Esher Place / Princess Louise Home, Esher, Surrey
In 1930, the Shaftesbury Homes charity opened a new home for girls at Esher Place, a large mansion set in ten acres of grounds, near Esher, in Surrey. The establishment replaced the existing Shaftesbury homes at Sudbury Hall, which was proving too expensive to maintain, and at Ealing. Most of the £8,000 cost of converting Esher Hall was raised by the sale of the Sudbury and Ealing properties. In its new role, Esher could accommodate 175 'fatherless and destitute' girls, aged from 5½ to 12 at their date of entry.
The new home was formally opened on All Saints' Day (November 1st), 1930, by Princess Helen Victoria. The opening coincided with the 400th anniversary of the death of Cardinal Wolsey whom Henry VIII had been banished to Esher Place after his fall from grace in 1528.
The Esher Place site is shown on the 1935 map below.
The girls at Esher Place were trained in domestic duties such as cooking, laundry and needlework. They also received religious instruction and physical training classes. Many of the girls belonged to the Girl Guides. Although most of the girls went into domestic service, some gained employment as teachers, dressmakers, milliners and nurses, with nursery nursing also gaining popularity.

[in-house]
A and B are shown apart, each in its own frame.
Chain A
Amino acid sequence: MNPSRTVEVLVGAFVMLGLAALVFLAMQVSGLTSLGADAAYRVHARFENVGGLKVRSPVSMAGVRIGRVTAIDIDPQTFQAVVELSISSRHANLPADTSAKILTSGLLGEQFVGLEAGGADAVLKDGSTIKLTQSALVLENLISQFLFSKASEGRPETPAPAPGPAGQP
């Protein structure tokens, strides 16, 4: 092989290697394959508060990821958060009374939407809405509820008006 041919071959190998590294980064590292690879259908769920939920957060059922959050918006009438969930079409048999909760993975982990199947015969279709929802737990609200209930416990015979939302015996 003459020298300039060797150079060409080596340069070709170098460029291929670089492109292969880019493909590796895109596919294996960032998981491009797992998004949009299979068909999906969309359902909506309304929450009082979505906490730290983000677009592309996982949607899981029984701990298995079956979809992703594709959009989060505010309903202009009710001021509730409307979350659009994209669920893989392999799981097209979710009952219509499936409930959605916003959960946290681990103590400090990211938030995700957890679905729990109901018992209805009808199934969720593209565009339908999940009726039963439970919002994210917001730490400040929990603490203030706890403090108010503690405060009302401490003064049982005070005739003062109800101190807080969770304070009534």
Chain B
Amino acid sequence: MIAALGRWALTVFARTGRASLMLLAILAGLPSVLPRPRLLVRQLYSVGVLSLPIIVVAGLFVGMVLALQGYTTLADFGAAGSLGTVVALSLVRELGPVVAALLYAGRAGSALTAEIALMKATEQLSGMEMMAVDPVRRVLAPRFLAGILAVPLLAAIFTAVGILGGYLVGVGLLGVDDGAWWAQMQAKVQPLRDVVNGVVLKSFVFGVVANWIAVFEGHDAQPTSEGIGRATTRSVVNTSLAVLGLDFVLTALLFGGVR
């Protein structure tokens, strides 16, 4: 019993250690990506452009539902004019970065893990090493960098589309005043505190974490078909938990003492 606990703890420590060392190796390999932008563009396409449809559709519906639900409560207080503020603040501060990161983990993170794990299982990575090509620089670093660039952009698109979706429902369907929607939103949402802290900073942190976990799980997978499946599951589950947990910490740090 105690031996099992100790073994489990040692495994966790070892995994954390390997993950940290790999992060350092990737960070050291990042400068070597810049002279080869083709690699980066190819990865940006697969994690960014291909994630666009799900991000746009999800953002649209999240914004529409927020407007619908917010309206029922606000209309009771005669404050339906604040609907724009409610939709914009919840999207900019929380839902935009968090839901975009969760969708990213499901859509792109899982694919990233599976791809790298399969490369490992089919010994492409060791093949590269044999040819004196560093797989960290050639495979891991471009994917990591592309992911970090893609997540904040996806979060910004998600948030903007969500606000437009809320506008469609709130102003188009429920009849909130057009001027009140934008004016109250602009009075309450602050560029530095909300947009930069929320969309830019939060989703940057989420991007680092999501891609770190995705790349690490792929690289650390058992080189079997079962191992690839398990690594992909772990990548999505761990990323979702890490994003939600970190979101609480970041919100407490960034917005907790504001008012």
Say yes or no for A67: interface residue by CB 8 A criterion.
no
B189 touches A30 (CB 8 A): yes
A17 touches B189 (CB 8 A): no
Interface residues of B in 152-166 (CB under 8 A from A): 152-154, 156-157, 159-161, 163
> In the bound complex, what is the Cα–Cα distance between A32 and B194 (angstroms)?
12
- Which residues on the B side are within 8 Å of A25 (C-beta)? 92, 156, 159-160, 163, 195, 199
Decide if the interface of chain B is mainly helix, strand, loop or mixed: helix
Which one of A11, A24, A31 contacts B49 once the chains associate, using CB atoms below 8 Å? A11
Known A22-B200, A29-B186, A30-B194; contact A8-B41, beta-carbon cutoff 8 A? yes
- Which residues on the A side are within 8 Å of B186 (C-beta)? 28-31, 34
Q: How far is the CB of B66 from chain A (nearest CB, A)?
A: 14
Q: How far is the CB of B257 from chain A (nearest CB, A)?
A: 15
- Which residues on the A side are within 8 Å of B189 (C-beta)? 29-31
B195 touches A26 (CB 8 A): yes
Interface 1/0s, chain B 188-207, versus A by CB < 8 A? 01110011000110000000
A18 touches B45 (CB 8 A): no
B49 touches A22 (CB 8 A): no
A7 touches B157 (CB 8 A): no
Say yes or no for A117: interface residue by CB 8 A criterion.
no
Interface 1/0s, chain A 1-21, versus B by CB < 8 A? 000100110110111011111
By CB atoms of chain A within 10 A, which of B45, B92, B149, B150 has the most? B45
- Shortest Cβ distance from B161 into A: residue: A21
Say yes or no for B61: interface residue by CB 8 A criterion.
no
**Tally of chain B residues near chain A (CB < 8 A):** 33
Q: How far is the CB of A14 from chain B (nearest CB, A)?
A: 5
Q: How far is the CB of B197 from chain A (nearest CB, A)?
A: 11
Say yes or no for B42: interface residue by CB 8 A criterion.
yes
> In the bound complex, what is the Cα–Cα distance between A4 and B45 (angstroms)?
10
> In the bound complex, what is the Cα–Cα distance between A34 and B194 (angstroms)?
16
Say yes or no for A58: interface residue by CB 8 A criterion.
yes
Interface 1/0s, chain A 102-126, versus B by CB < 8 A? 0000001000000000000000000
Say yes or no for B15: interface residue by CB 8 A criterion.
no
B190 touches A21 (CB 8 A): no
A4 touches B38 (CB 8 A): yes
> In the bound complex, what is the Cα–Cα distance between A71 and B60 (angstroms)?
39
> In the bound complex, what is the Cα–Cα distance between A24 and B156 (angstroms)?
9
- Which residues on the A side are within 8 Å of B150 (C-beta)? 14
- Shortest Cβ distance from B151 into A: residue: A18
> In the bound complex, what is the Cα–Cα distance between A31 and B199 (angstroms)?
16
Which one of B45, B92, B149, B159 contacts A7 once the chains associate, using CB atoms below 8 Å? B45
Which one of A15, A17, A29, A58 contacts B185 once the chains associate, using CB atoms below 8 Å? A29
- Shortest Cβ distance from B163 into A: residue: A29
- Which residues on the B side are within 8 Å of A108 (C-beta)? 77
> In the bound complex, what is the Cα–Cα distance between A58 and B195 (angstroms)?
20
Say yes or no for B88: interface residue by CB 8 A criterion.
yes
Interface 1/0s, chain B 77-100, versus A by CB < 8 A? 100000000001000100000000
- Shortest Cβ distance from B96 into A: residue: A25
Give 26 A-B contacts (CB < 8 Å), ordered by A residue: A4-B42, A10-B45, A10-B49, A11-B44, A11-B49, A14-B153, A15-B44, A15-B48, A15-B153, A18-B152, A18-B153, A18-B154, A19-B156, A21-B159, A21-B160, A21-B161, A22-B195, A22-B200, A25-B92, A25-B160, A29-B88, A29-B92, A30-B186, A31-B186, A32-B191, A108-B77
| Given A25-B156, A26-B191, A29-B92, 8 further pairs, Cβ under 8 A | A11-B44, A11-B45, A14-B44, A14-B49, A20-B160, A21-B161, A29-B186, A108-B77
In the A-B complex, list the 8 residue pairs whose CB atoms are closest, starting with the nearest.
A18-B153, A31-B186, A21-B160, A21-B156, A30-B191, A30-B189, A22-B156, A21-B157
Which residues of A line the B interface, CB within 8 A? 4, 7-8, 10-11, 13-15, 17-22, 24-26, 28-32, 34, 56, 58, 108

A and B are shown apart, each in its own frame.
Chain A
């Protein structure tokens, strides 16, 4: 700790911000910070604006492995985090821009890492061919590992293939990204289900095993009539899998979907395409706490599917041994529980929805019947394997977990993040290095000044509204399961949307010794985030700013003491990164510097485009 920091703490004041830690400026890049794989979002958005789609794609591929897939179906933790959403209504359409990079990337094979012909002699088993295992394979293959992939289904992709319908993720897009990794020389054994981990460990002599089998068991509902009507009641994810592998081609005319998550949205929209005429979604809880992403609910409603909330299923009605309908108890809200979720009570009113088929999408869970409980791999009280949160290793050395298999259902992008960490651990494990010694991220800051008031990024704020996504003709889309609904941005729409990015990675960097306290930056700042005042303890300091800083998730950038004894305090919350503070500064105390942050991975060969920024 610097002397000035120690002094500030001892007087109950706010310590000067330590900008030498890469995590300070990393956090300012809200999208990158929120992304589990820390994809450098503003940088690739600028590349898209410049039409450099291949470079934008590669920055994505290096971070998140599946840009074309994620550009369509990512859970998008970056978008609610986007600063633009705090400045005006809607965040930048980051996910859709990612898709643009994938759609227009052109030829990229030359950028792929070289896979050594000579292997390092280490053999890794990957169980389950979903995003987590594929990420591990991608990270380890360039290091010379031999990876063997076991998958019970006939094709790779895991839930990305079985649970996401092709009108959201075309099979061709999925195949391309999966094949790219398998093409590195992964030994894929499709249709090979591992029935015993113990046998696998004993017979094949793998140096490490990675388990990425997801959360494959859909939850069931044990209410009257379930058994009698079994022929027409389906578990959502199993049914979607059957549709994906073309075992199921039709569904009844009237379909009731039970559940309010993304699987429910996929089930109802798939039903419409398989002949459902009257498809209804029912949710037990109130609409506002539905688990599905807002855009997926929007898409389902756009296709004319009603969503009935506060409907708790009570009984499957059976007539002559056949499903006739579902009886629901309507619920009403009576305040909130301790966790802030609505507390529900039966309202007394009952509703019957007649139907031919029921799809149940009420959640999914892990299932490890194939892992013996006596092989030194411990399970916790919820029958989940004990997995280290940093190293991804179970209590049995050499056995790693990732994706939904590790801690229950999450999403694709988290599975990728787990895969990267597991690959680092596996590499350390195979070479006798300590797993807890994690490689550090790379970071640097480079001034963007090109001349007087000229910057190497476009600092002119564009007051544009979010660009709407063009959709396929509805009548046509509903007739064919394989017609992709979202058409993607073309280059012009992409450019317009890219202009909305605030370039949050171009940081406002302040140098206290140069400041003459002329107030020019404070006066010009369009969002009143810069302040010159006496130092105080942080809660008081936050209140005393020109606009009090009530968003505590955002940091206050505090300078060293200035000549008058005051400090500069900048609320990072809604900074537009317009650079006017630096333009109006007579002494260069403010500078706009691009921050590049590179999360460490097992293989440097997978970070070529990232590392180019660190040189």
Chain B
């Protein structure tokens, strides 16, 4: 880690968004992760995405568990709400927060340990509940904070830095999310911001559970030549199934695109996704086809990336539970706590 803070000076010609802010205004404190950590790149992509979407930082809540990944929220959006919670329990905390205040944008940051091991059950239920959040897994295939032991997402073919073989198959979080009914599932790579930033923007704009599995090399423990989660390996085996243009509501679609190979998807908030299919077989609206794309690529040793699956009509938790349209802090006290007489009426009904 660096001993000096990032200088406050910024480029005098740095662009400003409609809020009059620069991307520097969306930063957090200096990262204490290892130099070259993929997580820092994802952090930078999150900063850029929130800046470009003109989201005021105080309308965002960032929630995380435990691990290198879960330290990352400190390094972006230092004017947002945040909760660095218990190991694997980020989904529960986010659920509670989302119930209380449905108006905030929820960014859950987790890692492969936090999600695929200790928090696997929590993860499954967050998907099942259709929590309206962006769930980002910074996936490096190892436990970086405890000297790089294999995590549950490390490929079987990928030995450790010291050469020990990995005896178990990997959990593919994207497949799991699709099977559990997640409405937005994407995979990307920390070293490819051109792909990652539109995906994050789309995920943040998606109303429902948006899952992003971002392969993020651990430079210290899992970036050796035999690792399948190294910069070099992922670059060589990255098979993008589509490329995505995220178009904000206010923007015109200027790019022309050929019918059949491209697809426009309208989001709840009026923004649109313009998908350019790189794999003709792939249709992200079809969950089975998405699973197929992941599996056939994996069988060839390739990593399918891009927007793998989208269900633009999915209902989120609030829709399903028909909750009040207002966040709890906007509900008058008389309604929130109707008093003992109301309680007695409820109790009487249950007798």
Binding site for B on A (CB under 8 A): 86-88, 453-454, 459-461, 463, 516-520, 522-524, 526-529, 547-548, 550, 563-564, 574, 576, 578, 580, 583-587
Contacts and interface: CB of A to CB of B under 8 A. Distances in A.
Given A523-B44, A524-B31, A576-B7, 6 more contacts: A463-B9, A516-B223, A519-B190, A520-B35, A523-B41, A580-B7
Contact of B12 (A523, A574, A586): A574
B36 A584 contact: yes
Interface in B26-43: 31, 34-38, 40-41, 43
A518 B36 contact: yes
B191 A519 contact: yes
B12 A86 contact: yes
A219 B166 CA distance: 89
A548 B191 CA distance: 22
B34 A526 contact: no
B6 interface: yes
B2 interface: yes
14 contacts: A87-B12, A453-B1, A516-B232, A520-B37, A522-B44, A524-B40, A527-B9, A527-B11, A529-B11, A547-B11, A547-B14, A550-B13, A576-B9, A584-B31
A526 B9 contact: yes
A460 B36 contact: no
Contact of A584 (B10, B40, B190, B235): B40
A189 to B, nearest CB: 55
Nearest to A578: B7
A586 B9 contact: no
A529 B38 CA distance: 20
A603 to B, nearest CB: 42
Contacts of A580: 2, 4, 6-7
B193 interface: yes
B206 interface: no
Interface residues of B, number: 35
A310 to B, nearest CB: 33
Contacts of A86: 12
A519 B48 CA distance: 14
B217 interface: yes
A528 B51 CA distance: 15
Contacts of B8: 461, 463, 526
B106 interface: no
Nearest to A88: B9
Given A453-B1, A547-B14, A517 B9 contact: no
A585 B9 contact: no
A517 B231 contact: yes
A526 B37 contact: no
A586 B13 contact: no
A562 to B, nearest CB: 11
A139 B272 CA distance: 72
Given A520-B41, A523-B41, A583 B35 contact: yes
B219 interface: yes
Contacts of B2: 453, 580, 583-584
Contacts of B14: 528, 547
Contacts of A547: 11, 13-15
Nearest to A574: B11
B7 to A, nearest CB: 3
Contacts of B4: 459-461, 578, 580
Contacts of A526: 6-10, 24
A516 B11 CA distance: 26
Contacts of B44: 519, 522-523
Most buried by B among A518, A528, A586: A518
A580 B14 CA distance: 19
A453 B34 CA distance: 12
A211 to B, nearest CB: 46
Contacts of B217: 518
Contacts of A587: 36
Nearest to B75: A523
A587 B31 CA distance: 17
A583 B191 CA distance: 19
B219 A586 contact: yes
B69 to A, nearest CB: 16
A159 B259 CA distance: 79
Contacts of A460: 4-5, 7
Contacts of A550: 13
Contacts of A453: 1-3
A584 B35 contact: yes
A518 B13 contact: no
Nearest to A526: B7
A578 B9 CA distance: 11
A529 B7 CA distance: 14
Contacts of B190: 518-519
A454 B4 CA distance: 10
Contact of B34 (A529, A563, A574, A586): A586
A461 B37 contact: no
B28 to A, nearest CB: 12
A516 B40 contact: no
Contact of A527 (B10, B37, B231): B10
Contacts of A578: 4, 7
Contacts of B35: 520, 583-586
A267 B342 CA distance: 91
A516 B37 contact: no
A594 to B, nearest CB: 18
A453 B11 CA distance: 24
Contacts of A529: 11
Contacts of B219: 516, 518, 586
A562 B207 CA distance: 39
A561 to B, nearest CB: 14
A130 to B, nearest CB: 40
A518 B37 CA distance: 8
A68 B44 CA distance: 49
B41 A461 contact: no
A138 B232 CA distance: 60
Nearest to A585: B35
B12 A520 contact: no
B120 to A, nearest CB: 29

In 1935, following an approach from the National Society for the Protection of Young Girls (Princess Louise Home), which was in financial difficulties, a merger was agreed between the two organisations. The Esher home was then renamed Esher Place (Princess Louise Home for Girls).
In 1952, to help reduce the Society's growing financial deficit, The Esher Place Home was closed. In its place, a much smaller property was purchased a few miles away at East Molesey. The new home, at 48 Palace Road, adopted the name Esher House and could accommodate 20 girls.
In 1969, as a further cost-saving measure, Esher House moved a short distance to a smaller property at 26 Hansler Grove, East Molesey. Another move took place in 1975 to premises at Arnison Road, East Molesey, with the establshment now providing a home for young single mothers and their babies.
The Esher Place premises are now a training and conference centre for the Unite trade union. The East Molesey properties all still exist.
Note: many repositories impose a closure period of up to 100 years for records identifying individuals. Before travelling a long distance, always check that the records you want to consult will be available.
- The London Metropolitan Archives, 40 Northampton Road, London, EC1R 0HB now holds the archives of the Shaftesbury Homes and Arethusa Training Ship. More details in their online catalogue entry.
- Bailey, Marion Chance of a Lifetime - the Story of the Shaftesbury Homes and Arethusa (1996, Dianthus Publishing)
- Cuthbert, V Where Dreams Come True: A Record of 95 Years (1937, London: Shaftesbury Homes and "Arethusa" Training Ship)
- Higginbotham, Peter Children's Homes: A History of Institutional Care for Britain's Young (2017, Pen & Sword)
- Hodder, Edwin The Life and Work of the Seventh Earl of Shaftesbury, K.G. (1886, Cassell)
Except where indicated, this page () © Peter Higginbotham. Contents may not be reproduced without permission.